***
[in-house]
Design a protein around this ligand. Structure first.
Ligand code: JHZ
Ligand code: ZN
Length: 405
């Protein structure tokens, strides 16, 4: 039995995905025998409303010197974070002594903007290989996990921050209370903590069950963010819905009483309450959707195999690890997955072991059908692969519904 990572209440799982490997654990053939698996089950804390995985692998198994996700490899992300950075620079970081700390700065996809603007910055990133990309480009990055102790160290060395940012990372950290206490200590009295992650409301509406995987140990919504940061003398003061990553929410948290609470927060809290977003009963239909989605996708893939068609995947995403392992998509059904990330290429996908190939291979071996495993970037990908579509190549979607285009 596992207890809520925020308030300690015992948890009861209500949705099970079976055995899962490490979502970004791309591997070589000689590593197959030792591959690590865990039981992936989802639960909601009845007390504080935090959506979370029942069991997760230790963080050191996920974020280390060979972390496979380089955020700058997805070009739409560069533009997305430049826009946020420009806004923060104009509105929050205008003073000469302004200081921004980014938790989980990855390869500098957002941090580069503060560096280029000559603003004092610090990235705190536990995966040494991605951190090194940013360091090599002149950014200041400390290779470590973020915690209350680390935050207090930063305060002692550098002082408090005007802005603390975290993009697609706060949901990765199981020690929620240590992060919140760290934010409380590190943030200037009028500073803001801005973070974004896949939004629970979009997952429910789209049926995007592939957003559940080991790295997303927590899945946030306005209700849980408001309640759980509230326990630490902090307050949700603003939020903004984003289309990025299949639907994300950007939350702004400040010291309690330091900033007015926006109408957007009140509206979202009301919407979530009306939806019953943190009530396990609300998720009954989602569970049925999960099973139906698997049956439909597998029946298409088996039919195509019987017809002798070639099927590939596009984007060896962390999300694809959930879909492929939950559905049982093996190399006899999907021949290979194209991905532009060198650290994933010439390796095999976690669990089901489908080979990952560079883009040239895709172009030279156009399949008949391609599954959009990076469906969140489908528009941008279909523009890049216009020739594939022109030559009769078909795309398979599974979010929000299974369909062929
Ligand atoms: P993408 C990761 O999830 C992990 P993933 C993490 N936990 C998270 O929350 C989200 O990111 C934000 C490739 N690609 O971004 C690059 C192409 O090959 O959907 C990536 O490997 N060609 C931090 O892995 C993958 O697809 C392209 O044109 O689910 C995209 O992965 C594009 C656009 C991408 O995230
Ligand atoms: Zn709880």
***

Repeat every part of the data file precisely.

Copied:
[in-house]
Design a protein around this ligand. Structure first.
Ligand code: JHZ
Ligand code: ZN
Length: 405
């Protein structure tokens, strides 16, 4: 039995995905025998409303010197974070002594903007290989996990921050209370903590069950963010819905009483309450959707195999690890997955072991059908692969519904 990572209440799982490997654990053939698996089950804390995985692998198994996700490899992300950075620079970081700390700065996809603007910055990133990309480009990055102790160290060395940012990372950290206490200590009295992650409301509406995987140990919504940061003398003061990553929410948290609470927060809290977003009963239909989605996708893939068609995947995403392992998509059904990330290429996908190939291979071996495993970037990908579509190549979607285009 596992207890809520925020308030300690015992948890009861209500949705099970079976055995899962490490979502970004791309591997070589000689590593197959030792591959690590865990039981992936989802639960909601009845007390504080935090959506979370029942069991997760230790963080050191996920974020280390060979972390496979380089955020700058997805070009739409560069533009997305430049826009946020420009806004923060104009509105929050205008003073000469302004200081921004980014938790989980990855390869500098957002941090580069503060560096280029000559603003004092610090990235705190536990995966040494991605951190090194940013360091090599002149950014200041400390290779470590973020915690209350680390935050207090930063305060002692550098002082408090005007802005603390975290993009697609706060949901990765199981020690929620240590992060919140760290934010409380590190943030200037009028500073803001801005973070974004896949939004629970979009997952429910789209049926995007592939957003559940080991790295997303927590899945946030306005209700849980408001309640759980509230326990630490902090307050949700603003939020903004984003289309990025299949639907994300950007939350702004400040010291309690330091900033007015926006109408957007009140509206979202009301919407979530009306939806019953943190009530396990609300998720009954989602569970049925999960099973139906698997049956439909597998029946298409088996039919195509019987017809002798070639099927590939596009984007060896962390999300694809959930879909492929939950559905049982093996190399006899999907021949290979194209991905532009060198650290994933010439390796095999976690669990089901489908080979990952560079883009040239895709172009030279156009399949008949391609599954959009990076469906969140489908528009941008279909523009890049216009020739594939022109030559009769078909795309398979599974979010929000299974369909062929
Ligand atoms: P993408 C990761 O999830 C992990 P993933 C993490 N936990 C998270 O929350 C989200 O990111 C934000 C490739 N690609 O971004 C690059 C192409 O090959 O959907 C990536 O490997 N060609 C931090 O892995 C993958 O697809 C392209 O044109 O689910 C995209 O992965 C594009 C656009 C991408 O995230
Ligand atoms: Zn709880």